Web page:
You should never underestimate the importance of your local watering hole. Did you know that
the City of Raleigh was founded in a bar?

The Legend of Isaac Hunter's Tavern goes back to the very beginning of this great nation. Back in 1787, the General Assembly of North Carolina was faced with an important decision. It was time to call a Convention to consider the adoption of the Constitution of the United States.

If North Carolina was going to become one of the United States, then it would need a capital city. The General Assembly decreed that a suitable location be found to designate as the "unalterable seat of government".

In those days, government representatives would have to travel from all corners of North Carolina to conduct their official duties. As these folks made the long journey across the state, word began to spread of a place called Isaac Hunter's Tavern.

Isaac Hunter's hospitality was known throughout the land. His tavern offered clean beds, quality food, and fine spirits for the weary travelers. Often times, officials would host meetings at Isaac Hunter's itself because they were so fond of the tavern. 

In 1791, the time came to pick a plot of land to build the new capital city. The members of the General Assembly had all spent their fair share of time at Isaac Hunter's Tavern, and they knew a good thing when they saw it. They selected 9 commissioners and issued them strict instructions: fix the unalterable seat of government within 10 miles of Isaac Hunter's Tavern.

Those 9 commissioners were dispatched to meet at Isaac Hunter's Tavern and ascertain the perfect spot for a new capital city. The commissioners names might sound familiar:

Joseph McDowell, James Martin, Thomas Person, Thomas Blount Edenton, William Johnston Dawson, Frederick Hargett, Henry William Harrington,  James Bloodworth and Willie Jones.

Various plots of land were submitted as suitable sites for the commission to review, including a plot owned by Isaac Hunter's close friend, Joel Lane. 

The commissioners spent eight days visiting the each plot, returning each night to Isaac Hunter's. After reviewing each plot, it was time for the commission to vote. On the first ballot, Joel Lane's slightly swampy plot only received two votes, while his Father-in-Law John Hinton's land received three votes. Neither plot received enough votes to secure a decision so a second ballot was necessary.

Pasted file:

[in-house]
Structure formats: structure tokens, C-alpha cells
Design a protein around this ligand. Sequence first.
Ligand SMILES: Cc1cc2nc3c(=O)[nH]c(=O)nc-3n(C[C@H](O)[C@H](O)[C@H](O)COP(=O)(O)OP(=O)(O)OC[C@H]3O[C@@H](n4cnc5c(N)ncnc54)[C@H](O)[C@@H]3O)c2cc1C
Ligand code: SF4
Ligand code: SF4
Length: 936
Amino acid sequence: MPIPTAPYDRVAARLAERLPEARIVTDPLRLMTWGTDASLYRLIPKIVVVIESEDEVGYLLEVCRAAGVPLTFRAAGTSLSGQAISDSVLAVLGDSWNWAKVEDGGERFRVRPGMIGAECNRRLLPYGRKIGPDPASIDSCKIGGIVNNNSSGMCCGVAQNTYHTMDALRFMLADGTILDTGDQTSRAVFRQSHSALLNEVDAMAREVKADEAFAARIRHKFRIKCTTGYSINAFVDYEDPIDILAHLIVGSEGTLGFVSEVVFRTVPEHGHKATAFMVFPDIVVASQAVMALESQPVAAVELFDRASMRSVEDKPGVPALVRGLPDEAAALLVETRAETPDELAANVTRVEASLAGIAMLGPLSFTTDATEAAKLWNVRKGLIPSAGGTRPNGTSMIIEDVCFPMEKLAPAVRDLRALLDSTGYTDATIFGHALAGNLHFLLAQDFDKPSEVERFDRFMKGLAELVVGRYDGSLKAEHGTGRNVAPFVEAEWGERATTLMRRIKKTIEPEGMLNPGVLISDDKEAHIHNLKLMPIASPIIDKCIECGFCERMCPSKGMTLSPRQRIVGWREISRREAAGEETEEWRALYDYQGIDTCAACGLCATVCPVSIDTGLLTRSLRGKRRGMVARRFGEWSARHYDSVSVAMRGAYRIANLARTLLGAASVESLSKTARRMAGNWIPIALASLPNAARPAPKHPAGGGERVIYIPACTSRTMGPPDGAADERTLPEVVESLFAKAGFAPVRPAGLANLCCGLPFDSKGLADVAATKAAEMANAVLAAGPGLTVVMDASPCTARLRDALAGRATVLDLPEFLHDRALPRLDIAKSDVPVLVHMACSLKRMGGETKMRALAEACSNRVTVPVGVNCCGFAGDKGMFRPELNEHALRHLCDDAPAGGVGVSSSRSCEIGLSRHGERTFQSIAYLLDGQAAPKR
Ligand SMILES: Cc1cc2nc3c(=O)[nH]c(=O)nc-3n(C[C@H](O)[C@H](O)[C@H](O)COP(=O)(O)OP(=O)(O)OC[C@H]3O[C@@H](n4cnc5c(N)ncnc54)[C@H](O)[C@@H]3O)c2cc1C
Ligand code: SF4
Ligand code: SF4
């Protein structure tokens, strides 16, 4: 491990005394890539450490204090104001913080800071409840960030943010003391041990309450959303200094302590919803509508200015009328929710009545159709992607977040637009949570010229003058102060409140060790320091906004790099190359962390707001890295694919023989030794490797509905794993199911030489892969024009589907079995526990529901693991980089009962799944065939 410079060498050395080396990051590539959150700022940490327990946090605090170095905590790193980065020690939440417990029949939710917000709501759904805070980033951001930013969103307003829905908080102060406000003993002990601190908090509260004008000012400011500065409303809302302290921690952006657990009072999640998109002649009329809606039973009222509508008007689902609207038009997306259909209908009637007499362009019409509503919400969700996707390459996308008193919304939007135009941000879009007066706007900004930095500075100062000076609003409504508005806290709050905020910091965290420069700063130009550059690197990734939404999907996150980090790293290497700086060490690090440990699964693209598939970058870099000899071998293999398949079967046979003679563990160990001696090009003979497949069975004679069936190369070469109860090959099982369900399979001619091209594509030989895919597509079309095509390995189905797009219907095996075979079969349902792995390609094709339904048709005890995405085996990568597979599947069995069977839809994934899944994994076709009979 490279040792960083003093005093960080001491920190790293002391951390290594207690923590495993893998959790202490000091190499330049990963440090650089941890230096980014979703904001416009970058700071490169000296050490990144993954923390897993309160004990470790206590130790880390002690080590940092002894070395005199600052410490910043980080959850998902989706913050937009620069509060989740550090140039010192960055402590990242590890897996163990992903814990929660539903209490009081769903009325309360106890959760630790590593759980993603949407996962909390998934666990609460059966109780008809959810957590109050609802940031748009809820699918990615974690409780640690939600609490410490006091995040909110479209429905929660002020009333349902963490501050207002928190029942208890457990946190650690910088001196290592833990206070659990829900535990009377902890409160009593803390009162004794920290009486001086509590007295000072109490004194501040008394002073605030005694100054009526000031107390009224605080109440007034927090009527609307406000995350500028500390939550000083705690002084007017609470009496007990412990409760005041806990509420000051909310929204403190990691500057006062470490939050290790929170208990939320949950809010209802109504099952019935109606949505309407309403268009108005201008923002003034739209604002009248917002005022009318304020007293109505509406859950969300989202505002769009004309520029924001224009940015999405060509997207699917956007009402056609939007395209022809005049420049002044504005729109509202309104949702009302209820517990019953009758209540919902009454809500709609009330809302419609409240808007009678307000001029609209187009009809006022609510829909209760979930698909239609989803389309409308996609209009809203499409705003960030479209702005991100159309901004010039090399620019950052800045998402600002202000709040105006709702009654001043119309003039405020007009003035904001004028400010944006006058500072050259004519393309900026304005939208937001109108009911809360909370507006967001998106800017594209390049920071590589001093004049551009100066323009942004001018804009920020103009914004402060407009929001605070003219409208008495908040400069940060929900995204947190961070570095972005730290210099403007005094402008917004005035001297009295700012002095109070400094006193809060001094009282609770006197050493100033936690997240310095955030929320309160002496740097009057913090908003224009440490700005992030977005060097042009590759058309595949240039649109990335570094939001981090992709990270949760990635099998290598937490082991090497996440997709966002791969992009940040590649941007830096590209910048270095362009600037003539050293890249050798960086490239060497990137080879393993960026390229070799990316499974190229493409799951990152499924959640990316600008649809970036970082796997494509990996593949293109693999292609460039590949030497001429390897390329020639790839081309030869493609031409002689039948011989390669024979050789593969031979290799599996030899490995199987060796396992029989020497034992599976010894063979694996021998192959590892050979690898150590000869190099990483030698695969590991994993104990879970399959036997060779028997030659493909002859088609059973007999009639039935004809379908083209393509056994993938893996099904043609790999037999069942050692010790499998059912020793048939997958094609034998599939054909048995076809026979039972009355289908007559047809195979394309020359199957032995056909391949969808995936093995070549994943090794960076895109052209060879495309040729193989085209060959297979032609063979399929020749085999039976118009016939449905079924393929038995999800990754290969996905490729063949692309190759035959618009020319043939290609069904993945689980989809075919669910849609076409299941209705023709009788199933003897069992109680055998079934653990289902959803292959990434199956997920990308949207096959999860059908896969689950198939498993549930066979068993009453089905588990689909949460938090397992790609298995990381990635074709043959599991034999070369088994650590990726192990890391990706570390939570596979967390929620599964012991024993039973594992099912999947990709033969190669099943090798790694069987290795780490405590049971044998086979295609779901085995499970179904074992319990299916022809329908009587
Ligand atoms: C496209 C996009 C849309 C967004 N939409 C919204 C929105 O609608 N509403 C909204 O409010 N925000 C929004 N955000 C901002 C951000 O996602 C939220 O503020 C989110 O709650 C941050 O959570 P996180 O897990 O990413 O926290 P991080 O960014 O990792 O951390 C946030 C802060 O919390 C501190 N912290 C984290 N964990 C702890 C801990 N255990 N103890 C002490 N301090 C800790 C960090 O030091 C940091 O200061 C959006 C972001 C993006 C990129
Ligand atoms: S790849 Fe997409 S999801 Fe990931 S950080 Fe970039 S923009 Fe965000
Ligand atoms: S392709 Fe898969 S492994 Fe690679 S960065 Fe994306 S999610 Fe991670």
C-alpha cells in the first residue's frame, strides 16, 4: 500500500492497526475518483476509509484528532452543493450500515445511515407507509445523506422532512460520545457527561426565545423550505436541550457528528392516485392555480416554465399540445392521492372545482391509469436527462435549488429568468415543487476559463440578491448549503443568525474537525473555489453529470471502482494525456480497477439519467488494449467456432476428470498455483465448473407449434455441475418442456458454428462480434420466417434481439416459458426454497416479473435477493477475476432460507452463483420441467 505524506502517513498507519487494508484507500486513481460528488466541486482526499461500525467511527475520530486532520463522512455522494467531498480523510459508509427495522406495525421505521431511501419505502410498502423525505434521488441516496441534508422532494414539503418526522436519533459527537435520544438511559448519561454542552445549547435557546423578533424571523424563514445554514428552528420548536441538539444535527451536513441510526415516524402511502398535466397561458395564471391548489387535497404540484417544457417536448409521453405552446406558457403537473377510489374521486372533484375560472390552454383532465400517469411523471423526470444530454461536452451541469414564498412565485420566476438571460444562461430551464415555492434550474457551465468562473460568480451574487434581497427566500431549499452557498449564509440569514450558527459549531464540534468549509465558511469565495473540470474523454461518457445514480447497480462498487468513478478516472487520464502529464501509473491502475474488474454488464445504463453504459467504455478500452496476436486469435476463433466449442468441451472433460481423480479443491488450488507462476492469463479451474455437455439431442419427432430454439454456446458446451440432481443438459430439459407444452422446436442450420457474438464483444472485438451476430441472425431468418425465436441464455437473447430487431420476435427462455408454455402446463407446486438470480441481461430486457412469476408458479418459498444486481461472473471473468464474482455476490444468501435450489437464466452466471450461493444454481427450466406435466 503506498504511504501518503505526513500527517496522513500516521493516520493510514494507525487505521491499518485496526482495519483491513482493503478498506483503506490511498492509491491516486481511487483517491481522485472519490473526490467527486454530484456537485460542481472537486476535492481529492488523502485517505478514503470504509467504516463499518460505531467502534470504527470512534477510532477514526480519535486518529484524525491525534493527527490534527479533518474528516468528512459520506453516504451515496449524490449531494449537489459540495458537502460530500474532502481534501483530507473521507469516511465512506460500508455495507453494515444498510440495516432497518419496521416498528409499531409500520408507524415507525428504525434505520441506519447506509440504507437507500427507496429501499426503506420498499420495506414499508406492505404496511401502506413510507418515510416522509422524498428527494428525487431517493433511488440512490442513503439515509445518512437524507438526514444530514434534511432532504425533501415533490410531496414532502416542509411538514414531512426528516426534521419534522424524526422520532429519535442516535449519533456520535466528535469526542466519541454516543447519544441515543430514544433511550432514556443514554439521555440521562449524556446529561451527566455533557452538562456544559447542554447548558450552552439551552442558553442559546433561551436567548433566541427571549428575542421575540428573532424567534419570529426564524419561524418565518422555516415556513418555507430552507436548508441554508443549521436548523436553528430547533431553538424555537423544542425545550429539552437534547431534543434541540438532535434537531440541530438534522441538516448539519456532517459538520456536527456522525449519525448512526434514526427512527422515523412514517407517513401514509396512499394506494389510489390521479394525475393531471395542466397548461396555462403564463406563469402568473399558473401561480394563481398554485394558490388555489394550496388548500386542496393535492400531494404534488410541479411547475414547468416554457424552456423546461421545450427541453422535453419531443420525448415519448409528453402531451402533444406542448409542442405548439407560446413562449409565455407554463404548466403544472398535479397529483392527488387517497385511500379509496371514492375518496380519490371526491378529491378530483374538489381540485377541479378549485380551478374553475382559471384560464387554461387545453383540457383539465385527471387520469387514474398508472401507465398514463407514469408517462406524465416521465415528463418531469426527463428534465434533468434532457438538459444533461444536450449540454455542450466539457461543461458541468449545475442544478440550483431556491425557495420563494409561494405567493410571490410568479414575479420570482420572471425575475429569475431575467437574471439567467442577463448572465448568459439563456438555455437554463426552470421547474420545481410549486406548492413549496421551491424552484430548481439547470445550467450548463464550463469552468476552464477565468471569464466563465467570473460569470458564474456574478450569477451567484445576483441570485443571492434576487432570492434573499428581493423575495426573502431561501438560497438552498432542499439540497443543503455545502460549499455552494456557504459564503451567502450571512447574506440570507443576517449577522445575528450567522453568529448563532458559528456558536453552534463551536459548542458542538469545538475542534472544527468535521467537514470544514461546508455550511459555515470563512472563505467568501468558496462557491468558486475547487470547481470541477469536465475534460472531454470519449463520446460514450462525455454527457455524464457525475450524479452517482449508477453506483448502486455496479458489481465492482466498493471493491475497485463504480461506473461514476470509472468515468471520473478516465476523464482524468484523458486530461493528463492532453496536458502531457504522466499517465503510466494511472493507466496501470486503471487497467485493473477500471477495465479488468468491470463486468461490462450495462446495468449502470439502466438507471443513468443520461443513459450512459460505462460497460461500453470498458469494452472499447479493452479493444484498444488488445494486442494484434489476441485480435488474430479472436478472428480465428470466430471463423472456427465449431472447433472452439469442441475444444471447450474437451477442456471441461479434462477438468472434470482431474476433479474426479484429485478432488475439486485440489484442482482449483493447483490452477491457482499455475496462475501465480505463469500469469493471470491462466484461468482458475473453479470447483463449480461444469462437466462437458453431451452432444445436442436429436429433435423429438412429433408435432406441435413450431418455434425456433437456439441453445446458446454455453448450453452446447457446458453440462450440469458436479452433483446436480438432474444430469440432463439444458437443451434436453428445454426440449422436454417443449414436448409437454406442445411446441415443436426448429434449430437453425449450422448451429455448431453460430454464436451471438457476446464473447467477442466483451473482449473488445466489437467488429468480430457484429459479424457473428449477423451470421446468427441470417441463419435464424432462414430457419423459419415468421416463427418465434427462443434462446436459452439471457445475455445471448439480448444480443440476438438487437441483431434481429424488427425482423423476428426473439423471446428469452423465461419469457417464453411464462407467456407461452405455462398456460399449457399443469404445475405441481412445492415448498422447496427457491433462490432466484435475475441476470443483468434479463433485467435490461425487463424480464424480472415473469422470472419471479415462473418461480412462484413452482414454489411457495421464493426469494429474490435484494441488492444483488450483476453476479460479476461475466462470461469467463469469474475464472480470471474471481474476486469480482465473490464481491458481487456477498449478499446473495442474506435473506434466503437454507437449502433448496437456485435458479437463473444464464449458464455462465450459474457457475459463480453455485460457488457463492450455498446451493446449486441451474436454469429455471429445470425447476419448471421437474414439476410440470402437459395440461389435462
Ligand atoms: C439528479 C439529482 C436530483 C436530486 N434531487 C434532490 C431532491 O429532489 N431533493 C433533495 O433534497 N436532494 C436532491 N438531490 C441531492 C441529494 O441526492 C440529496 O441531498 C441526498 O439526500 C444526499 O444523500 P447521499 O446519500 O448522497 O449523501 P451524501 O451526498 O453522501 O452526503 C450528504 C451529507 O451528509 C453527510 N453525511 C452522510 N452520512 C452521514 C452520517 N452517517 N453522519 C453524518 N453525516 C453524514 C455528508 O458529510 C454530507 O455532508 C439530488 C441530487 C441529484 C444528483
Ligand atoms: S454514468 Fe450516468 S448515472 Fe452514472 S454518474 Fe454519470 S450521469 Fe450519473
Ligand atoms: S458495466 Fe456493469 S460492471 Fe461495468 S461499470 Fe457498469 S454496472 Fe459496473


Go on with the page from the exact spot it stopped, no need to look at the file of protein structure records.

Legend has it that when the first ballot failed to show a consensus, Joel Lane and Isaac Hunter decided to work together. The two of them threw the grandest party that North Carolina had ever seen. Joel Lane introduced the commissioners to a the "jammiest bits of local jam" while Isaac Hunter poured his Cherry Bounce whiskey with a heavy hand. The festivities lasted all night, and into early morning.

The next day, a second ballot was cast. With bleary eyes and throbbing heads, the commissioners voted 5-1 for Joel Lane's land, leaving poor John Hinton out in the cold. 

The deal was sealed, and Raleigh was built on Joel Lane's plot of land. If it wasn't for Isaac Hunter's Tavern, none of us would be here this very day. 


We decided from day one that we wanted to build a bar that was dedicated to celebrating exactly what makes Raleigh unique, and why we are proud to call it our home. The story of the original Isaac Hunter’s Tavern lies at the very heart of who we are, and what we want this bar to aspire to be.

The three of us, Zack Medford, Brad Bowles, and Ben Yannessa had the life-long dream of owning our own bar. We first opened our doors back in 2009 a little further up the street. Back then, Downtown was just an idea. The street lights on Fayetteville Street didn't even stay on past 10pm. Raleigh has come a long way since our early days.

We spent five incredible years making friends, making memories, and drinking a few beers along the way. When our lease expired in 2014, we were forced to close our doors but we promised to return stronger than ever. The time is right, and in 2016 we will open our doors once again. Isaac Hunter's Tavern is back. 

We hope that Isaac Hunter's is more than just a place for you to spend a wild Saturday night. It's our mission to build a rich, inclusive community right here inside these walls. We’re here because we want to build a space that was by Raleigh, about Raleigh, and for Raleigh.

That’s our mission statement. Please feel free to let us know how we’re doing.